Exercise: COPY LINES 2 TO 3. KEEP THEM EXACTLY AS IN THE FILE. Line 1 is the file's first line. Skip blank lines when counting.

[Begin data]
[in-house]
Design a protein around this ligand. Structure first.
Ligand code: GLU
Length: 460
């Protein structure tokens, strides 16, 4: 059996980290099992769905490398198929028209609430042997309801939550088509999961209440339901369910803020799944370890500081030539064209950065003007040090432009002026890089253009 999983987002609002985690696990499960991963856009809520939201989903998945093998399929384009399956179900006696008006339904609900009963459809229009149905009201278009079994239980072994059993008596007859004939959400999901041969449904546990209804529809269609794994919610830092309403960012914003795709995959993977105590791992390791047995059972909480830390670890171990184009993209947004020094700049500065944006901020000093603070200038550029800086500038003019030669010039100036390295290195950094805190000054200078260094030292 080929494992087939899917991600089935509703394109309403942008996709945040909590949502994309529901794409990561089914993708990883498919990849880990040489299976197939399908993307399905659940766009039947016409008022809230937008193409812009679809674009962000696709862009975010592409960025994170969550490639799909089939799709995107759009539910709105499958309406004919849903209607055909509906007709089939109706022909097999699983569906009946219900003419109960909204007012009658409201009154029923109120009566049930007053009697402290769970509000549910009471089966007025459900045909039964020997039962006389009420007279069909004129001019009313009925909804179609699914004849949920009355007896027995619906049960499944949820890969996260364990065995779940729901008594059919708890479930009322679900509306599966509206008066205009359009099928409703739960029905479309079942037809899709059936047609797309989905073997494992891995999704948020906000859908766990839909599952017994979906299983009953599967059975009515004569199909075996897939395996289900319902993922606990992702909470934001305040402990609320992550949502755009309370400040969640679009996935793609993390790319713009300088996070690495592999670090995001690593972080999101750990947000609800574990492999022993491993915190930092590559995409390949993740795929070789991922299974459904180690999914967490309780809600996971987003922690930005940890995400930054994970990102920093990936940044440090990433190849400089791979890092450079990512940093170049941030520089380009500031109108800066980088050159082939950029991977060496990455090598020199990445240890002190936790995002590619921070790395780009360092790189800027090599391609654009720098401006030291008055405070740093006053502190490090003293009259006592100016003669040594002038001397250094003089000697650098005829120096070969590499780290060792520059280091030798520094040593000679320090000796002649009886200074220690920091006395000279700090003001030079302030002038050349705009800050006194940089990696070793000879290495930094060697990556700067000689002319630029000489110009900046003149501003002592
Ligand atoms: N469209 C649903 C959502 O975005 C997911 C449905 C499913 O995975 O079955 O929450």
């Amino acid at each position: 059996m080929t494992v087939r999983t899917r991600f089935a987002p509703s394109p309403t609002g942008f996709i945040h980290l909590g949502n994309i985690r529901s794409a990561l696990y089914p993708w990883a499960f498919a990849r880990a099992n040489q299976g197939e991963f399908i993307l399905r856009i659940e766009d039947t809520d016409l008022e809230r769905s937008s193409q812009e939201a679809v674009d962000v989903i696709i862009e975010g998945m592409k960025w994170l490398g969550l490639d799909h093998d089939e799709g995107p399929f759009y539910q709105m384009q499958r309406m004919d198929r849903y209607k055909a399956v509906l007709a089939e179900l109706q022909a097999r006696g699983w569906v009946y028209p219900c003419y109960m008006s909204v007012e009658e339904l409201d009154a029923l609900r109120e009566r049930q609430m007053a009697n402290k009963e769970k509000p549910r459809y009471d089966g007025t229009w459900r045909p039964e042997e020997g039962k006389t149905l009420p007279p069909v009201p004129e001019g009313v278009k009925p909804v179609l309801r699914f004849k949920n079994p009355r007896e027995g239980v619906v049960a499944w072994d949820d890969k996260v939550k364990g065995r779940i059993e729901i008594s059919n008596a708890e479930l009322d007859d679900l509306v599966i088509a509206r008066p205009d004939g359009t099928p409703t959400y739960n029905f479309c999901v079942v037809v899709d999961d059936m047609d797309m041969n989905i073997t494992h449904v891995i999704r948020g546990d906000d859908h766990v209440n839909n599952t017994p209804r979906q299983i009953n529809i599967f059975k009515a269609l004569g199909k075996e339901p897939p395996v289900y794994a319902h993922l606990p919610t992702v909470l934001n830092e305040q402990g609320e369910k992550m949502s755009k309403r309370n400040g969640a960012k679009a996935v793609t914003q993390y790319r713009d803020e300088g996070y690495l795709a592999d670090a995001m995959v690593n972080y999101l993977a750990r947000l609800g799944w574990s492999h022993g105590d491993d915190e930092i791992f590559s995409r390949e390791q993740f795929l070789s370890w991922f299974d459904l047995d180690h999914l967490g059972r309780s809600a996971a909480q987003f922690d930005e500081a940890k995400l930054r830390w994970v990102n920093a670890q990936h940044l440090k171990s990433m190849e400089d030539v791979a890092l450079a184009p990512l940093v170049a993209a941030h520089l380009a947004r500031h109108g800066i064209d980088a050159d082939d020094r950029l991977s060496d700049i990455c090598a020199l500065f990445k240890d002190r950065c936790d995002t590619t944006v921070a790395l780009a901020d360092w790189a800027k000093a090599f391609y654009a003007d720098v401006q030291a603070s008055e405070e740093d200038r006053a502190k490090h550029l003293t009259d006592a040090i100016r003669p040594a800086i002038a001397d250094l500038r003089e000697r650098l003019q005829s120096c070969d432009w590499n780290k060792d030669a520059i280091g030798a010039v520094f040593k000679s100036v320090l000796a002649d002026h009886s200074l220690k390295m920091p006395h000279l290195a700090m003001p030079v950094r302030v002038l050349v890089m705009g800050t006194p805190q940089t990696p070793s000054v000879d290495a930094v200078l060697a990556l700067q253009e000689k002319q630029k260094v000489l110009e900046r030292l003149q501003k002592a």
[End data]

Design a protein around this ligand. Structure first.
Ligand code: GLU